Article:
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July 01 2010

14:15

When a journalism gig is paid for by outsiders

In the sea of good pieces last week about the Dave Weigel imbroglio, his own explanation of events stood out. And there was one paragraph that particularly interested me:

In 2004, when I was graduating [from Northwestern's Medill School of Journalism], I was offered two jobs — an editing role at the libertarian magazine Liberty and a fellowship at USA Today, sponsored by the conservative Collegiate Network. I chose the USA Today job, but kept freelancing, mostly for magazines like The American Spectator and Reason.

I was familiar with the Collegiate Network from my own college days; it funded a conservative publication on campus, and that’s what I thought the extent of their work was. But I didn’t realize that it also pays for journalists to work at mainstream news organizations. So I contacted USA Today and got this reply from spokesperson Elga Maye:

We’ve had Collegiate Network interns — including Weigel — working with the paper’s editorial board for several years. They participate in board discussions, their primary daily duty is fact-checking, and their work (like that of all interns) is closely supervised. Toward the end of their internships, some have written editorials reflecting the board’s consensus or, less frequently, bylined op-ed pieces reflecting their own point of view. Their value to us — apart from their labor — is to add another voice, young and conservative, to the diversity of perspectives we already have on an ideologically mixed editorial board.

In that context, the fact that they have a strong point of view — their own, not the Collegiate Network’s — is an asset. We’d gladly take a qualified intern from a liberal organization on the same terms if we were aware of such a program.

The Collegiate Network describes these jobs as year-long fellowships, with stipends of $24,000 to $30,000 paid by CN, and along with USA Today lists Roll Call among outlets where it’s placed journalists. Their Wikipedia page also lists a wide variety of conservative publications and outlets, but also US News & World Report. The application form also lists the St. Louis Post-Dispatch, the News & Observer, the San Diego Union-Tribune, and my old paper The Dallas Morning News — although that form doesn’t differentiate between summer internships and the year-long fellowships. And based on this post, fellows aren’t just on the editorial board — they’re also writing news stories.

We normally don’t write about issues of media bias here — we leave that to the 10 million other people out there who write about media bias — so I didn’t pursue this any further. Go make your own calls! But given what some journalists have argued recently about the proper role of ideology and opinion in a newsroom — which is to say, no role — it’s an interesting data point that a political group is paying the salaries behind some of the bylines you see.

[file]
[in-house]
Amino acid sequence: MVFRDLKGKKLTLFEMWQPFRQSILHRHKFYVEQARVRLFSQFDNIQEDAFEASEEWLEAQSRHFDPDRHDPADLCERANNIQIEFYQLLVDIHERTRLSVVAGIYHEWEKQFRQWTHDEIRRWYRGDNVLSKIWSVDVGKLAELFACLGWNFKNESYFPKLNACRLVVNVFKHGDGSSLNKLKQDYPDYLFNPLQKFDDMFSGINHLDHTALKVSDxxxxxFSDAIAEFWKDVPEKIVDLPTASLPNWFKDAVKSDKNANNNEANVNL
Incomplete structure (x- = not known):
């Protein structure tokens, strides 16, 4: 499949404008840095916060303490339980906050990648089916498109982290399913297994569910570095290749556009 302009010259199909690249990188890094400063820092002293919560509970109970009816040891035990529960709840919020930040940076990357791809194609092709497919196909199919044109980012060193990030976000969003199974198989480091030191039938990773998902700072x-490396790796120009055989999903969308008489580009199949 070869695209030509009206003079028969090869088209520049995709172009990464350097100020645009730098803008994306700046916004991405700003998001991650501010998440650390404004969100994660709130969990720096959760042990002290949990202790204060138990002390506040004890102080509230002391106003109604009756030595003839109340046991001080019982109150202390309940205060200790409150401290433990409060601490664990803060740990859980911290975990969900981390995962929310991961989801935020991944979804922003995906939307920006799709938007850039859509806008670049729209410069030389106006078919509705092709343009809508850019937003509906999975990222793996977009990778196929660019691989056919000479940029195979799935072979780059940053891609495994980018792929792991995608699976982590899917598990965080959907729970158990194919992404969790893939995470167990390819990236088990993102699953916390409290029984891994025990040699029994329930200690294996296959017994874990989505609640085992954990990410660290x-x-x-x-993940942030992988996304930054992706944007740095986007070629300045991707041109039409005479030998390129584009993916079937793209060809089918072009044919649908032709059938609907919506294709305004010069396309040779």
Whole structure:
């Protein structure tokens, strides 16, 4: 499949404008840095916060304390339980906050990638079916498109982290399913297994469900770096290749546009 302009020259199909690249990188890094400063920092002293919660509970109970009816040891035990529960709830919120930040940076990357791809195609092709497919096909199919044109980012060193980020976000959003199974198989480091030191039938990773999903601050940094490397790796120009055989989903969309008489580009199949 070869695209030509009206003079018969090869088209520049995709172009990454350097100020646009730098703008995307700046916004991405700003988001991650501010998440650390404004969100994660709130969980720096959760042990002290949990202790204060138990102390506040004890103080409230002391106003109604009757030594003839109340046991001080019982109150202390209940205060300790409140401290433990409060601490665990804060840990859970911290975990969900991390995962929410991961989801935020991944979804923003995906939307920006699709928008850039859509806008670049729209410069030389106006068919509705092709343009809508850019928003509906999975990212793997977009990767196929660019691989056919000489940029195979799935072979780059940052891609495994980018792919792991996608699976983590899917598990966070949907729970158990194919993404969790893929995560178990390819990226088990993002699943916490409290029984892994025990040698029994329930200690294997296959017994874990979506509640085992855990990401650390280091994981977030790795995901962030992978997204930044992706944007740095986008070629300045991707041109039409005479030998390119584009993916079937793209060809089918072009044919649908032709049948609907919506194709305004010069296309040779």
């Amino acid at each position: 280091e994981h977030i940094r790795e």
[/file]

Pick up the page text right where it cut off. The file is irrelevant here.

May 14 2010

16:26

E&P: US media ‘unabashedly biased’ toward Barack Obama

Editor & Publisher have a comment piece from Congressman Lamar Smith in which he claims the US media have been exceptionally favourable toward President Obama and relatively disparaging of George Bush and the tea party movement.

The mainstream media’s treatment of President Obama provides an interesting case study. Journalists who gave to President Obama during the 2008 presidential campaign outnumbered those who contributed to Sen. McCain by 20-to-1.

And once the election was over, the slanted coverage continued. The nonpartisan Center for Media and Public Affairs, comparing media coverage of Presidents Bush and Obama at the same point in their presidencies, found that 58 percent of all network news evaluations of Obama and his policies were favorable, while only 33 percent of assessments of Bush were favorable.

Full story at this link…

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March 05 2010

08:54

NewsTrust.net: The hunt for bad journalism

US professor Howard Rheingold and his Stanford University students have been reviewing coverage of politics by US newspapers, broadcasters and news sites, assessing levels of trust and bias in news stories, opinion pieces and coverage by media watchdog organisations.

This ‘News Hunt’ looked at stories published between 18 February and 2 March:

For this News Hunt, NewsTrust editors hand-picked stories for review, focusing mostly on political topics covered by mainstream sources, with the goal of highlighting flawed or questionable stories from some of the news outlets that people read and watch most (e.g. cable news and talk radio). We also took great care to feature stories representing political viewpoints from the left, right and center. What we wound up with is not a “worst of the worst” list, but a round-up of stories from a variety of media that our staff and community found to be examples of bad journalism.

Read more about the News Hunt’s findings at this link…

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